Updated: September 24, 2020 11:21:36 am
In order to reduce stress on the city’s traffic, the Directorate of Urban Land Transport (DULT) in Bengaluru has decided to come up with dedicated pop-up bike lanes on either side of the Outer Ring Road (ORR) between Silk Board junction and Lowry Memorial College near K R Puram. While the development work is in progress on the 16 km stretch, DULT said 26 wards in the city will fall under Cycling District – I.
The wards classified so include Koramangala, Jakkasandra, HSR Layout, Bilekahalli, Ejipura, Shantinagar, Shantalanagar, Adugodi, Ejipura, Neelasandra, Varthur, Bellandur, Vannarpet, Agaram, Domlur, Marathahalli, Konena Agrahara, Doddanekundi, Vignananagar, Hoysala Nagar, New Thippasandra, Jeevan Bhima Nagar, Jogupalya, HAL Airport, C V Raman Nagar, and A Narayanapura.
“Even though the space required for bicycle lanes is half the width of a car, it results in reducing traffic equivalent to that of five cars. Giving that small space on roads for bicycles gets everyone more space, cleaner air, fewer traffic jams, better health, more productivity, and better economic activity,” he said.
In a bid to popularise this, Sankaran is now on the lookout for bicycle councillors across 198 wards in the city, citing observations that a major share of cycle adoption starts with short trips in the neighbourhood. “Encouraging local commute needs solutions at the local level. Hence we chose to target ward-level leadership to scale the adoption of bicycling and make an impact through interventions. The more the number of people involved in getting people on the bicycle the better we will be at seeing the impact at the city-level,” he said.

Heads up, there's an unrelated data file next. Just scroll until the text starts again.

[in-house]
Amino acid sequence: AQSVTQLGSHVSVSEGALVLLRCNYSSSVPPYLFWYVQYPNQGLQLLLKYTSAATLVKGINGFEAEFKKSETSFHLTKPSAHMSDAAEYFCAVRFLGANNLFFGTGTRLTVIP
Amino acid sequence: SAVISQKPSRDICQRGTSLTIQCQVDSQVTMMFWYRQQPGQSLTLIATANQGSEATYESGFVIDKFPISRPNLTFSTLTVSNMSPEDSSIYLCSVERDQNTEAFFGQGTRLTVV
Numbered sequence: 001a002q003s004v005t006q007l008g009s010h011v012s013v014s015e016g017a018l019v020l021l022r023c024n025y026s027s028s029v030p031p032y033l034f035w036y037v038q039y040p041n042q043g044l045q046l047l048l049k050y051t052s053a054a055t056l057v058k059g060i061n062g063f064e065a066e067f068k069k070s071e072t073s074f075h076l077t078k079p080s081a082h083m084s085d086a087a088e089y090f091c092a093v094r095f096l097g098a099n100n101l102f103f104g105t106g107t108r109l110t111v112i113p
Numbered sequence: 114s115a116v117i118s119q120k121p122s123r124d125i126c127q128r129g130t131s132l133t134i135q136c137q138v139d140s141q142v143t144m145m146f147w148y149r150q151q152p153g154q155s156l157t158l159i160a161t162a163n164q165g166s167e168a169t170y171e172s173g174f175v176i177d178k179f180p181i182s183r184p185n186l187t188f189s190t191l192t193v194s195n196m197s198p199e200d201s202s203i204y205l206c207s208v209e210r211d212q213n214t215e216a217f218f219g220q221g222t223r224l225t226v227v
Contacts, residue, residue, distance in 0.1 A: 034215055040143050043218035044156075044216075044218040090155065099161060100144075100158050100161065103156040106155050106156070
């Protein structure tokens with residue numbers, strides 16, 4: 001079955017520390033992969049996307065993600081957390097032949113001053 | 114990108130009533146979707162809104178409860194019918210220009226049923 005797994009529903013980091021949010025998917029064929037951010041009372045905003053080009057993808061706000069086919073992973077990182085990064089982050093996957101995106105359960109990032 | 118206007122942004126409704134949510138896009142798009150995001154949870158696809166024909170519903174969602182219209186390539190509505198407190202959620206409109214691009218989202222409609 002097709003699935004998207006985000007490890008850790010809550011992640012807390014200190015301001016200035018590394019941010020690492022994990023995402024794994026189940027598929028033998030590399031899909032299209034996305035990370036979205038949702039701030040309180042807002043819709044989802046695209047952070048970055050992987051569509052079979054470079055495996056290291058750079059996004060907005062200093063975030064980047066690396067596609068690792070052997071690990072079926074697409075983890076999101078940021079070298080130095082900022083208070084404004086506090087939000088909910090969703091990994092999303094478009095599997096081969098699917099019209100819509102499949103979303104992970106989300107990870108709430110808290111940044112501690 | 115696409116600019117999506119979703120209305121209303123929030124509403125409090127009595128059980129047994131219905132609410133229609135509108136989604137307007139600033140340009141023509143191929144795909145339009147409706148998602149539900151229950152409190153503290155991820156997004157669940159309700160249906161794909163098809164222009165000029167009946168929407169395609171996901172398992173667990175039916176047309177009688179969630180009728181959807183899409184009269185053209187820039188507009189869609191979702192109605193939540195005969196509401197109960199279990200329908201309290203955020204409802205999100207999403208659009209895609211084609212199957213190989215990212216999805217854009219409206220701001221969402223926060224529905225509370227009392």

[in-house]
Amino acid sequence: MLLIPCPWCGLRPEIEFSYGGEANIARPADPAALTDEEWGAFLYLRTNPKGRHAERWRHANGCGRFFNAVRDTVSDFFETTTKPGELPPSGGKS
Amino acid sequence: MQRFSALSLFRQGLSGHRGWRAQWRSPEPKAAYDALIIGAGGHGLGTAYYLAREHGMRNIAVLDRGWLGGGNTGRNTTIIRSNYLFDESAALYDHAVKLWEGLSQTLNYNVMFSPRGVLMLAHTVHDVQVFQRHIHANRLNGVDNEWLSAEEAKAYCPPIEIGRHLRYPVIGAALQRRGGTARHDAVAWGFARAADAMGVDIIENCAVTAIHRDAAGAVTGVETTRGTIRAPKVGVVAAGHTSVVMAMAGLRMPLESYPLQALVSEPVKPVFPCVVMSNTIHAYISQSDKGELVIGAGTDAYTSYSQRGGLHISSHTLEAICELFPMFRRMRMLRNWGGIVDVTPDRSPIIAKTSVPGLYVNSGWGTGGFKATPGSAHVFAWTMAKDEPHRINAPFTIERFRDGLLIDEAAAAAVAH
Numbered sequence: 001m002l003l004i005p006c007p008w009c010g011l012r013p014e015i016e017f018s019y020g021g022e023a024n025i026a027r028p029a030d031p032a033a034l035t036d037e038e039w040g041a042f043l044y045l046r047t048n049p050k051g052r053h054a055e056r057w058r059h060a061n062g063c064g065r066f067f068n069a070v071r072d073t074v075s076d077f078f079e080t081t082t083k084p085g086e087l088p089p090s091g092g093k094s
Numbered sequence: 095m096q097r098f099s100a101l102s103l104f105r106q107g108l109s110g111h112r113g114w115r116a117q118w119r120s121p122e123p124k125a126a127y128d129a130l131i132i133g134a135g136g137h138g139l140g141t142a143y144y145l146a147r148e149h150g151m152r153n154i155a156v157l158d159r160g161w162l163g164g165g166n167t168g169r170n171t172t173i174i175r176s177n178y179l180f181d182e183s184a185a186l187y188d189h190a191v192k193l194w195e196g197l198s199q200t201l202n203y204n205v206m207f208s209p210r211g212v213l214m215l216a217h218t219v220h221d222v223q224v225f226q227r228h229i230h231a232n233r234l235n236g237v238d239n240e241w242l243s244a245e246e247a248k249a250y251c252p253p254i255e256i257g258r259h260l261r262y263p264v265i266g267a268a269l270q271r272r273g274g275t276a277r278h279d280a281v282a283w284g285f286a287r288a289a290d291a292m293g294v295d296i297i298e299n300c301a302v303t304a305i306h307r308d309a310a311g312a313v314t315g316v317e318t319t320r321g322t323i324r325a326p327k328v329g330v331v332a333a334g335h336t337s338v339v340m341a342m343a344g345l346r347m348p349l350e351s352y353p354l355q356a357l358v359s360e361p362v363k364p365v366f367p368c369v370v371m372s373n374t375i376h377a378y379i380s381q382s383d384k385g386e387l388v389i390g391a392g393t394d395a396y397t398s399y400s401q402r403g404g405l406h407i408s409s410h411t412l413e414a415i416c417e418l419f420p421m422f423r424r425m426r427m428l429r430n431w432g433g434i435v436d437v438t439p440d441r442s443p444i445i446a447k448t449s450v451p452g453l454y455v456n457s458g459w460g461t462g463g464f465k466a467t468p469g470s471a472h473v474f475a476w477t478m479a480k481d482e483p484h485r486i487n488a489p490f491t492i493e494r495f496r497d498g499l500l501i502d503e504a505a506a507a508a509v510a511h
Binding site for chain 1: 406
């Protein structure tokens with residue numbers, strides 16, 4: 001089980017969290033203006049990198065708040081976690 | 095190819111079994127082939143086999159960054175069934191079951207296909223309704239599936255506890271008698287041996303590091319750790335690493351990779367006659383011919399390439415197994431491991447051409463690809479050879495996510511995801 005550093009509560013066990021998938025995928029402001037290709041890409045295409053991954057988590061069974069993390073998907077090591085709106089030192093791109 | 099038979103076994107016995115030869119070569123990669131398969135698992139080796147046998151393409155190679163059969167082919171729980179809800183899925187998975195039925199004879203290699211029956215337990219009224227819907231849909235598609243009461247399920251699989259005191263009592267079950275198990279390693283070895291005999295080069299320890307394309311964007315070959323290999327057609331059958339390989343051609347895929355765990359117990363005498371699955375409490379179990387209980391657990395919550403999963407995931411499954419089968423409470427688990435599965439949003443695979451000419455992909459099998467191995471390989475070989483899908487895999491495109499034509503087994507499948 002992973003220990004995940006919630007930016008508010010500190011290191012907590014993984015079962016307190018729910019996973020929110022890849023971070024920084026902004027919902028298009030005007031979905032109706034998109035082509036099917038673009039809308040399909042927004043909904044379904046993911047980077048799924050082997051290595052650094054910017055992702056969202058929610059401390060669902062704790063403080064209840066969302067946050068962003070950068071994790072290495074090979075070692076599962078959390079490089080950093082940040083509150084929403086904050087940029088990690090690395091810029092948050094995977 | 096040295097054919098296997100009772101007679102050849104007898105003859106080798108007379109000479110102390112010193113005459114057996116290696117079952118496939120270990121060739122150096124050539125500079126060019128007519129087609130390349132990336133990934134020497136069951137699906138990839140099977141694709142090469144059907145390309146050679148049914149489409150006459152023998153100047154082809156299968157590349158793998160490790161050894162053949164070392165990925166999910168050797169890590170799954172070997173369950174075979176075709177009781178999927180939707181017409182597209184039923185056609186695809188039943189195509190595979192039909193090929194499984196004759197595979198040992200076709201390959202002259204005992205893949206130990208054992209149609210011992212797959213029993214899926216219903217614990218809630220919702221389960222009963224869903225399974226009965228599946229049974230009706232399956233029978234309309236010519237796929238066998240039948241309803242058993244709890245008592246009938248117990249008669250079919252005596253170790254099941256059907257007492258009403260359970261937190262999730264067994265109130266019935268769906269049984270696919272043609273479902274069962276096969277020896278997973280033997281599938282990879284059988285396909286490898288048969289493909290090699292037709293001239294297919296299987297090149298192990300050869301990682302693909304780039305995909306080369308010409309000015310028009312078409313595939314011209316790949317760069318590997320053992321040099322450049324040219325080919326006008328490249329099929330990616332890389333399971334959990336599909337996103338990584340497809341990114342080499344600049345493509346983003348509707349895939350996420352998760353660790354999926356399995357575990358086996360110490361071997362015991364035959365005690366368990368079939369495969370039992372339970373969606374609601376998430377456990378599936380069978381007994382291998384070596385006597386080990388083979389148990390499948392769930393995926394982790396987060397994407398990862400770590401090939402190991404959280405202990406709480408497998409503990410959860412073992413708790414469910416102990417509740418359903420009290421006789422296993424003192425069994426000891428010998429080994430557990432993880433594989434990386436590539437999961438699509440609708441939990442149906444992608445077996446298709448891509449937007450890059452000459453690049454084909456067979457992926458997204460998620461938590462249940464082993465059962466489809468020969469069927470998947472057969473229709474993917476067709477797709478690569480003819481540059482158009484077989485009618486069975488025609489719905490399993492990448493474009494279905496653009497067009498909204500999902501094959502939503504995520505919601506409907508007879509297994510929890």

Meanwhile, the Bangalore Metropolitan Transport Corporation (BMTC) installed bicycle holders in ten of its buses on an experimental basis. “Even though the initial plan was to deploy these in 100 buses running along the proposed cycle tracks, the same has been now done only in 10 buses as we are awaiting permission from the Centre — as this might lead to modifications of the bus body code — to expand this initiative,” a BMTC official said.
While the modification was estimated to cost Rs 14,000 per bus, BMTC officials said it has been done spending only Rs 4,500 per bus.
Among the few users who got a chance to try to use the facility is Nihal Thakkar, a freelance software developer. Welcoming the initiative he said, the rack expands based on the size of the cycle and has a hook that latches onto the bicycle thereby helping in securing it. “However, the staff — the driver and the conductor — seemed to be unsure of how it works even though they were open to people trying the facility. With an increase in traffic in the last couple of weeks in the city, after the coronavirus-induced lockdown, such initiatives will be beneficial to the citizens in many ways,” Thakkar said.
“With very few vehicles on the road, we have seen several communities of friends from the same neighbourhoods preferring cycles to commute from place to place. As work is gradually opening up at offices, I hope this will continue as the young population — including working professionals — considers it a daily mode of workout as well,” Eashwar Amarnath, a fitness trainer in Koramangala said.
However, with the safety of bicycle users in the city still remaining a concern among many, Sankaran opined that proper implementation of communication, design, and penalties for traffic rule violators would make the situation better.
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